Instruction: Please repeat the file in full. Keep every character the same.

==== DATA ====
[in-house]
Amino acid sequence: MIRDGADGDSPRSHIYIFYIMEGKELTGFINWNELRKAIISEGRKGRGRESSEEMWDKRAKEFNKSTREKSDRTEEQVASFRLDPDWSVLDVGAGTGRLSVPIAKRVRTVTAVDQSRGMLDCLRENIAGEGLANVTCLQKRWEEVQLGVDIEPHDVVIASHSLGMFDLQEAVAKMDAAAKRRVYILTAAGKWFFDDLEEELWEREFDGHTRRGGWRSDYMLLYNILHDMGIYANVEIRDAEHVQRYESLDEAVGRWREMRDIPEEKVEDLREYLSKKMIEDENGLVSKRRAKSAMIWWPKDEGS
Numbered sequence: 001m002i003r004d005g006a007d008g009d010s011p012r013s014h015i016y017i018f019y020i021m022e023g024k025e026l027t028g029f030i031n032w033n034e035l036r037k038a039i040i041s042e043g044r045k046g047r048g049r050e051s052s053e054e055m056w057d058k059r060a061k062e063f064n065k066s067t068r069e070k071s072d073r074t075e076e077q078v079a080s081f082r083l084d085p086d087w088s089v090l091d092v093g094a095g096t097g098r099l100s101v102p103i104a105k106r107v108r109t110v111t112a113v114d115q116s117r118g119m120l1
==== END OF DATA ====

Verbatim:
[in-house]
Amino acid sequence: MIRDGADGDSPRSHIYIFYIMEGKELTGFINWNELRKAIISEGRKGRGRESSEEMWDKRAKEFNKSTREKSDRTEEQVASFRLDPDWSVLDVGAGTGRLSVPIAKRVRTVTAVDQSRGMLDCLRENIAGEGLANVTCLQKRWEEVQLGVDIEPHDVVIASHSLGMFDLQEAVAKMDAAAKRRVYILTAAGKWFFDDLEEELWEREFDGHTRRGGWRSDYMLLYNILHDMGIYANVEIRDAEHVQRYESLDEAVGRWREMRDIPEEKVEDLREYLSKKMIEDENGLVSKRRAKSAMIWWPKDEGS
Numbered sequence: 001m002i003r004d005g006a007d008g009d010s011p012r013s014h015i016y017i018f019y020i021m022e023g024k025e026l027t028g029f030i031n032w033n034e035l036r037k038a039i040i041s042e043g044r045k046g047r048g049r050e051s052s053e054e055m056w057d058k059r060a061k062e063f064n065k066s067t068r069e070k071s072d073r074t075e076e077q078v079a080s081f082r083l084d085p086d087w088s089v090l091d092v093g094a095g096t097g098r099l100s101v102p103i104a105k106r107v108r109t110v111t112a113v114d115q116s117r118g119m120l1